But I guess he just didn’t want my business. Or he didn’t want to work that hard for it. I was there, willing to spend several hundred dollars on a new camera, and he turned me away. It was his choice, but it seems like pretty lousy customer service to me. You can bet I won’t ever be back to that store, nor will I ever recommend it to anyone else.

Anyway, I went back home and did what I should have done in the first place. I bought a new camera through Amazon.com, after reading dozens of helpful, detailed customer reviews. I have 30 days to return it for a full refund if it doesn’t work out. And I didn’t have to drive all over town or deal with any lousy customer service.

Entry filed under: Materials.

Another Art Bag New Painting: “Dots 3”


  • 1. Tina Mammoser  |  March 17, 2009 at 2:14 am

    That terrible Barbara. 😦 I was very lucky and bought my Canon at a local old-fashioned camera shop who were happy to take it back if it didn’t do what I needed, after I explained how difficult it was to photograph my paintings.

    Dare I suggest that you give the old camera a good hard whack? Sound silly but that is my tried and true method of fixing most electronics. 😉

  • 2. barbarajcarter  |  March 17, 2009 at 10:31 am

    Thanks Tina, I did try the whack method. No dice, but it’s always worth a shot.

  • 3. New Painting: “Dots 3″ « Barbara J Carter  |  March 18, 2009 at 8:42 pm

    […] temporarily (I hope) camera-less, I instead captured the image of this little painting on my flatbed scanner. An artist friend had […]

  • 4. Katrina Rogers  |  March 21, 2009 at 3:41 pm

    I have found the customer reviews on Amazon to be the most valuable source of information about products on the internet, if it’s a product Amazon sells, and there are more than a few reviews.

    I use the existence of those criteria as part of my decision making process … if Amazon doesn’t sell it and it’s not well reviewed is it even worth considering … when buying items for which performance is critical.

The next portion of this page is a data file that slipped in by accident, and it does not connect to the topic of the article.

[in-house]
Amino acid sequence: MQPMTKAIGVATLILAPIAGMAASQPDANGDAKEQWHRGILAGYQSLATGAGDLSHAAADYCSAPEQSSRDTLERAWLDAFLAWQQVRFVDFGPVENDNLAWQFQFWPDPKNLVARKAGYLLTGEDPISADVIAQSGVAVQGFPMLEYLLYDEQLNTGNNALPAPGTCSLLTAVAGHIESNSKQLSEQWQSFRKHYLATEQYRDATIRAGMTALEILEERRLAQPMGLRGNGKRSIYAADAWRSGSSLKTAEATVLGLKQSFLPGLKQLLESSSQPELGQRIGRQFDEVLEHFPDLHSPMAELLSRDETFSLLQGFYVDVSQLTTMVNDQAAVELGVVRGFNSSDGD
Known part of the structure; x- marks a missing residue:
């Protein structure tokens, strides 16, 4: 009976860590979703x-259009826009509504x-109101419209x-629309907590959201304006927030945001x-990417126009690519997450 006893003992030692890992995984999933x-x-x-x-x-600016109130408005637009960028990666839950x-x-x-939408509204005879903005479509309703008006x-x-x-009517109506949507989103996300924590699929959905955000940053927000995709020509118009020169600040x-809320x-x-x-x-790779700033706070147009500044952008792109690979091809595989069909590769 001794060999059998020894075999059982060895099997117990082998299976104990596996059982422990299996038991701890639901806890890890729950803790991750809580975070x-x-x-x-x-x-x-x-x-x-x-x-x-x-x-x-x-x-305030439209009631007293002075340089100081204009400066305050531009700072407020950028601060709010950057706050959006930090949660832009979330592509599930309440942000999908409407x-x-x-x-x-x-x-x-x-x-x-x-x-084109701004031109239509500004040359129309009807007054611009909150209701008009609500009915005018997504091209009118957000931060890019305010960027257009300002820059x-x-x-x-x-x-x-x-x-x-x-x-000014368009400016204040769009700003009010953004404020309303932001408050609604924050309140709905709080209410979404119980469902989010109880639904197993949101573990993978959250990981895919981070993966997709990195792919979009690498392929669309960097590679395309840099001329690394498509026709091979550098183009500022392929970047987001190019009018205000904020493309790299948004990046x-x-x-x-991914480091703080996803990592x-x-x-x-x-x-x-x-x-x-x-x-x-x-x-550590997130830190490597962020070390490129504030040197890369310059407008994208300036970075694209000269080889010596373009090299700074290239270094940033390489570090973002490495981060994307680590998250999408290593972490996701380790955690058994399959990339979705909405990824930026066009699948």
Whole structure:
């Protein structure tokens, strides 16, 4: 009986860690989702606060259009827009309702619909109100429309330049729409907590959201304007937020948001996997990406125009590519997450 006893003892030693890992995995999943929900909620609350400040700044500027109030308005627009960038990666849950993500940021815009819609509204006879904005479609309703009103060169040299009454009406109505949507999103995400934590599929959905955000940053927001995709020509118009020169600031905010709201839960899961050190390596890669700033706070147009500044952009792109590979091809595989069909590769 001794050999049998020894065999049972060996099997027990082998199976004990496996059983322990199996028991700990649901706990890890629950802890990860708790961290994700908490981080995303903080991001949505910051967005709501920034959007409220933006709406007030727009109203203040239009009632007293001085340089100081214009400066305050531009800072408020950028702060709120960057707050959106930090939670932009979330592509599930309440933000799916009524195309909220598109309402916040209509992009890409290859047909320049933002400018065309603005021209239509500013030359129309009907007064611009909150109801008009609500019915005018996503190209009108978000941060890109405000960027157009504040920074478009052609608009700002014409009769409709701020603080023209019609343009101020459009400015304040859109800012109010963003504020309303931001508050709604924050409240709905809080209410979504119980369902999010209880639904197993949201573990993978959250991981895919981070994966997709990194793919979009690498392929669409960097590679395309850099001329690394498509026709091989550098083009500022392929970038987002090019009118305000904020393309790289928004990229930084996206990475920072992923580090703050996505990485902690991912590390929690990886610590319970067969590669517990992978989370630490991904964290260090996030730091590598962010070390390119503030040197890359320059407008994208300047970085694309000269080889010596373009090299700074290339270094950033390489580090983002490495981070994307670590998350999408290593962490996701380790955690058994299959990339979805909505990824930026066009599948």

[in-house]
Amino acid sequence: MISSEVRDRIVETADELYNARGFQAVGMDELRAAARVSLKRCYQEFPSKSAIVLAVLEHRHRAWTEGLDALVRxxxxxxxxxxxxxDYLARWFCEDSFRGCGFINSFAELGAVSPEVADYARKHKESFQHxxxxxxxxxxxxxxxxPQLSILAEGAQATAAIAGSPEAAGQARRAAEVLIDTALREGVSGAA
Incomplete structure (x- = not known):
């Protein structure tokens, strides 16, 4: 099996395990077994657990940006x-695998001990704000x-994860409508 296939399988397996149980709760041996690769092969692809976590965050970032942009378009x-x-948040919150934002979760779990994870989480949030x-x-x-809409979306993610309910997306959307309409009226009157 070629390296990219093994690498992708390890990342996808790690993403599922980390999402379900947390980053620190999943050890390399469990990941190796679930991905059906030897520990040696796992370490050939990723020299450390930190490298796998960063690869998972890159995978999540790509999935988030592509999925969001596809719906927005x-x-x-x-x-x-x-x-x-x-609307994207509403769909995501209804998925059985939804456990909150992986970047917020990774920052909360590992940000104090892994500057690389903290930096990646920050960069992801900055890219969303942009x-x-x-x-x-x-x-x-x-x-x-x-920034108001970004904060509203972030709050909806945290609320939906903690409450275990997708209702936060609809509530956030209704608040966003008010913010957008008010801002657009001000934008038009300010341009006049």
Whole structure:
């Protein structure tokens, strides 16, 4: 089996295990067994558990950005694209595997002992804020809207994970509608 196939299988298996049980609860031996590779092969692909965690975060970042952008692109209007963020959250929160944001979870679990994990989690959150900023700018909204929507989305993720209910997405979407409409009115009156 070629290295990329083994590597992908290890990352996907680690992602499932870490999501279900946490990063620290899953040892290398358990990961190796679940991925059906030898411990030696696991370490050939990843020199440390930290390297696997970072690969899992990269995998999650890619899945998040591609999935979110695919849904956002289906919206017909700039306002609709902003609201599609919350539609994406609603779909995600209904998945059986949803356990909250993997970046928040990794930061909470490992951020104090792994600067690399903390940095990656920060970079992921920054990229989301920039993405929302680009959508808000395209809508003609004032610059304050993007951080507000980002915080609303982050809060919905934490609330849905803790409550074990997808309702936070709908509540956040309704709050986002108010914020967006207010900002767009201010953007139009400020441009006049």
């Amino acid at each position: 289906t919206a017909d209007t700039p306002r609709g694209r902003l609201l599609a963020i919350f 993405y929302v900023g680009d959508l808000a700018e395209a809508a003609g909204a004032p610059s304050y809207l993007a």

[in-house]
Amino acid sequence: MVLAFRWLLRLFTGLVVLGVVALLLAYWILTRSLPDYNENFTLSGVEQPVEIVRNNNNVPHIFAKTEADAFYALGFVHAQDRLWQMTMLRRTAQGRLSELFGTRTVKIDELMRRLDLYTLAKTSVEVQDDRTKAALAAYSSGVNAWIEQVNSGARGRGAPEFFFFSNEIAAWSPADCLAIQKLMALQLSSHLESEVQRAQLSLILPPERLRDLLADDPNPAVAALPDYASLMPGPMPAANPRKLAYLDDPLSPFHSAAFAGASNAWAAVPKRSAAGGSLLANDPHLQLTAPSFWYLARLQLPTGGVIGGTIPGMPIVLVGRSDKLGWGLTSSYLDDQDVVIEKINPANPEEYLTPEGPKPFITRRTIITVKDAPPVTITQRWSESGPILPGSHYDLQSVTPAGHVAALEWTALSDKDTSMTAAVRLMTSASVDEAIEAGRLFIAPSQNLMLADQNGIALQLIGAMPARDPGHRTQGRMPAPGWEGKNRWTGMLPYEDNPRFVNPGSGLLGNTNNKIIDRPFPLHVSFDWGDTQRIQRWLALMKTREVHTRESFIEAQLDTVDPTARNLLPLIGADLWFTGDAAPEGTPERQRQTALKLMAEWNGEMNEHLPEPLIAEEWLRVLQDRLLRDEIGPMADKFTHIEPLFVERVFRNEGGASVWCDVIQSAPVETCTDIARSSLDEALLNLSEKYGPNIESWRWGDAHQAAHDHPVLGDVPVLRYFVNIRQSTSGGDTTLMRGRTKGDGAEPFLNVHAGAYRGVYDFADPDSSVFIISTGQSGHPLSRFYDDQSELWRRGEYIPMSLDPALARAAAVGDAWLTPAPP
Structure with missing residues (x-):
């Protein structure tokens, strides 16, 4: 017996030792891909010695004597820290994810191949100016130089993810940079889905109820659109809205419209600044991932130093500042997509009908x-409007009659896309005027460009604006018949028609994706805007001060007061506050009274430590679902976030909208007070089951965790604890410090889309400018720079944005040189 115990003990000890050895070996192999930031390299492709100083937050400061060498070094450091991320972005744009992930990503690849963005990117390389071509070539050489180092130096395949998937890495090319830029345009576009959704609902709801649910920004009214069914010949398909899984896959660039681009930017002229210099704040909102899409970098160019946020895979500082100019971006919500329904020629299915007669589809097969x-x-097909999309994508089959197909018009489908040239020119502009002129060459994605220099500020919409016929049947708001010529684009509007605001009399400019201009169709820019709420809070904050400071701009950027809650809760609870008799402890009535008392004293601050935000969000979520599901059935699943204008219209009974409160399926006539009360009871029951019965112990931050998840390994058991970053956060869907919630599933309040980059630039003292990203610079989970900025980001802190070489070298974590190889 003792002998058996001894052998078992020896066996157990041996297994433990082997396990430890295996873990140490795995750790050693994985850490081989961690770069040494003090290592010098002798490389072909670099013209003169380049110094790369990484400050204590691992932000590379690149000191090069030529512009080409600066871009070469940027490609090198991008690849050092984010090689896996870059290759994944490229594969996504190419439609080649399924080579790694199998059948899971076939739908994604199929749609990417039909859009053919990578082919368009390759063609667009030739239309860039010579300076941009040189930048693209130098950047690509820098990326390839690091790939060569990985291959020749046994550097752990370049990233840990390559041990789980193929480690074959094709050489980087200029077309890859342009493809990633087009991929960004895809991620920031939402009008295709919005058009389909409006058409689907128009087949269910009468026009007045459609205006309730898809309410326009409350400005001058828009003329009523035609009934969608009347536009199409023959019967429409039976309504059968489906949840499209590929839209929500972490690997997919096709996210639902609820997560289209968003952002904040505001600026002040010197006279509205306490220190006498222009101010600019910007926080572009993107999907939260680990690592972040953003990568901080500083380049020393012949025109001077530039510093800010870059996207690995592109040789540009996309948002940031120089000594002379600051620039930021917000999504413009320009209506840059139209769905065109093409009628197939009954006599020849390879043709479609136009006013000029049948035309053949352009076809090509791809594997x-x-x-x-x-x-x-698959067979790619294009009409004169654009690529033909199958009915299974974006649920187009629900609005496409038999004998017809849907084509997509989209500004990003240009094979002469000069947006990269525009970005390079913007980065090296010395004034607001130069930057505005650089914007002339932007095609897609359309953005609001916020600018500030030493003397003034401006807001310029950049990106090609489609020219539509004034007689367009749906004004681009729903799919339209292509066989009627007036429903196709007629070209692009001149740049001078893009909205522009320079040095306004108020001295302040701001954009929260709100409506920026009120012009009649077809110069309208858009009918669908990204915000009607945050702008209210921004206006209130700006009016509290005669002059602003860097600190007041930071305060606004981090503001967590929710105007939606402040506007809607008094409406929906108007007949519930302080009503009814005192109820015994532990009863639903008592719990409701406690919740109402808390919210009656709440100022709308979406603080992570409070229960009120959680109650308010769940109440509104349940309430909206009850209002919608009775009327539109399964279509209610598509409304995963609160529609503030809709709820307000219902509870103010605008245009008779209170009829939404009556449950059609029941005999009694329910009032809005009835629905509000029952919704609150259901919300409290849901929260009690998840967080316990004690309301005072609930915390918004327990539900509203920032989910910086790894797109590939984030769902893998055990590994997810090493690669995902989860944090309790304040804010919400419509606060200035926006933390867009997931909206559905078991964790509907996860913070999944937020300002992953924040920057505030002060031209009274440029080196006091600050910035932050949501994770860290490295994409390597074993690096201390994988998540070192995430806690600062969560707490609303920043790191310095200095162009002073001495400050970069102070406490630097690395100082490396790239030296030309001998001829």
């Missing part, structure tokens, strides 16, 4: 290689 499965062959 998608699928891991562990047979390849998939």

Sometimes what I want or need just can’t be found or found well-reviewed on Amazon, and my search spreads outward, but it works so much of the time!

  • 5. Lori Paximadis  |  March 27, 2009 at 9:57 am

    Sadly, this kind of experience happens all too often. I love to support local businesses, and in fact will pay a bit of a premium to do so, but they have to have great customer service to earn my business. Local business does not always equal good business.

  • 6. TertiaE  |  March 20, 2010 at 6:37 pm

    Wow, I had the same experience, but with the computer store guy. I was quite annoyed since I knew I was being given the run around, with a week and half worth of “let me call you back,” and never ever got a response back. And, yes, Amazon has everything, to make my long story short.

Barbara J Carter

I'm an artist. I make paintings with dots.

I work in acrylic paint, in a couple of distinct styles: landscapes and abstracts.

Native to California, I've lived elsewhere and only recently returned to my home state. I now live in Los Angeles.

I mostly show my art in outdoor festivals in California. I also occasionally show my work in art galleries or open studio events. You can see an up-to-date list of upcoming shows on my website (click here).

I invite you to sign up to receive my free email newsletter, in which I list my upcoming shows and talk about my latest work. I send it irregularly, a few times a year.

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Follow me on Twitter: @barbarajcarter

Why I call my landscapes neo-Pointillist landscape paintings

A bunch of my abstract dot paintings